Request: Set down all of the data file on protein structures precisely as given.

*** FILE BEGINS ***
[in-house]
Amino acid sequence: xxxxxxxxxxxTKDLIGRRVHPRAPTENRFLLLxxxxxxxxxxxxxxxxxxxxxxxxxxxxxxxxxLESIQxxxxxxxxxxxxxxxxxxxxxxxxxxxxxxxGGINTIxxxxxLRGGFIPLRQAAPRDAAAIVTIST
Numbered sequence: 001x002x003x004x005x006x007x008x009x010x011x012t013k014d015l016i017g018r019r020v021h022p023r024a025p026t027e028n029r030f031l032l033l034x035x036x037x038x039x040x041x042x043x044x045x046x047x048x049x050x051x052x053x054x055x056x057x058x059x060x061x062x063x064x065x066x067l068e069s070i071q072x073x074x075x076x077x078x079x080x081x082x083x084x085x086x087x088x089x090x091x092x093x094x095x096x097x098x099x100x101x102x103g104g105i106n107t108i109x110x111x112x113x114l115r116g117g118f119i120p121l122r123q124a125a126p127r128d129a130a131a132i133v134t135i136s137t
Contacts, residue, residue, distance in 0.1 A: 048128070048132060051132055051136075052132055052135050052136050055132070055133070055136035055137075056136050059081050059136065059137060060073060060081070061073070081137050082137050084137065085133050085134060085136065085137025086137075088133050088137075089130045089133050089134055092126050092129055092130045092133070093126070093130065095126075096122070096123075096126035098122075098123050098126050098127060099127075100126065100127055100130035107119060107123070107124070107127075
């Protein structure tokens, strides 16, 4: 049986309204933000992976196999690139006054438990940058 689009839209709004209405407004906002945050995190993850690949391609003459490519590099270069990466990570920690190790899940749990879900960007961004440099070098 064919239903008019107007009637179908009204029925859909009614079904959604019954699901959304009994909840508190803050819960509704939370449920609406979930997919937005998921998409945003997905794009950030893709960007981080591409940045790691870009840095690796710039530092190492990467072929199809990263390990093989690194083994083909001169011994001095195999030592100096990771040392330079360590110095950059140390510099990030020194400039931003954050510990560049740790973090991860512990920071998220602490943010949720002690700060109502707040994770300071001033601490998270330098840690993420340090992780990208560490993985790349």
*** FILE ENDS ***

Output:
[in-house]
Amino acid sequence: xxxxxxxxxxxTKDLIGRRVHPRAPTENRFLLLxxxxxxxxxxxxxxxxxxxxxxxxxxxxxxxxxLESIQxxxxxxxxxxxxxxxxxxxxxxxxxxxxxxxGGINTIxxxxxLRGGFIPLRQAAPRDAAAIVTIST
Numbered sequence: 001x002x003x004x005x006x007x008x009x010x011x012t013k014d015l016i017g018r019r020v021h022p023r024a025p026t027e028n029r030f031l032l033l034x035x036x037x038x039x040x041x042x043x044x045x046x047x048x049x050x051x052x053x054x055x056x057x058x059x060x061x062x063x064x065x066x067l068e069s070i071q072x073x074x075x076x077x078x079x080x081x082x083x084x085x086x087x088x089x090x091x092x093x094x095x096x097x098x099x100x101x102x103g104g105i106n107t108i109x110x111x112x113x114l115r116g117g118f119i120p121l122r123q124a125a126p127r128d129a130a131a132i133v134t135i136s137t
Contacts, residue, residue, distance in 0.1 A: 048128070048132060051132055051136075052132055052135050052136050055132070055133070055136035055137075056136050059081050059136065059137060060073060060081070061073070081137050082137050084137065085133050085134060085136065085137025086137075088133050088137075089130045089133050089134055092126050092129055092130045092133070093126070093130065095126075096122070096123075096126035098122075098123050098126050098127060099127075100126065100127055100130035107119060107123070107124070107127075
């Protein structure tokens, strides 16, 4: 049986309204933000992976196999690139006054438990940058 689009839209709004209405407004906002945050995190993850690949391609003459490519590099270069990466990570920690190790899940749990879900960007961004440099070098 064919239903008019107007009637179908009204029925859909009614079904959604019954699901959304009994909840508190803050819960509704939370449920609406979930997919937005998921998409945003997905794009950030893709960007981080591409940045790691870009840095690796710039530092190492990467072929199809990263390990093989690194083994083909001169011994001095195999030592100096990771040392330079360590110095950059140390510099990030020194400039931003954050510990560049740790973090991860512990920071998220602490943010949720002690700060109502707040994770300071001033601490998270330098840690993420340090992780990208560490993985790349």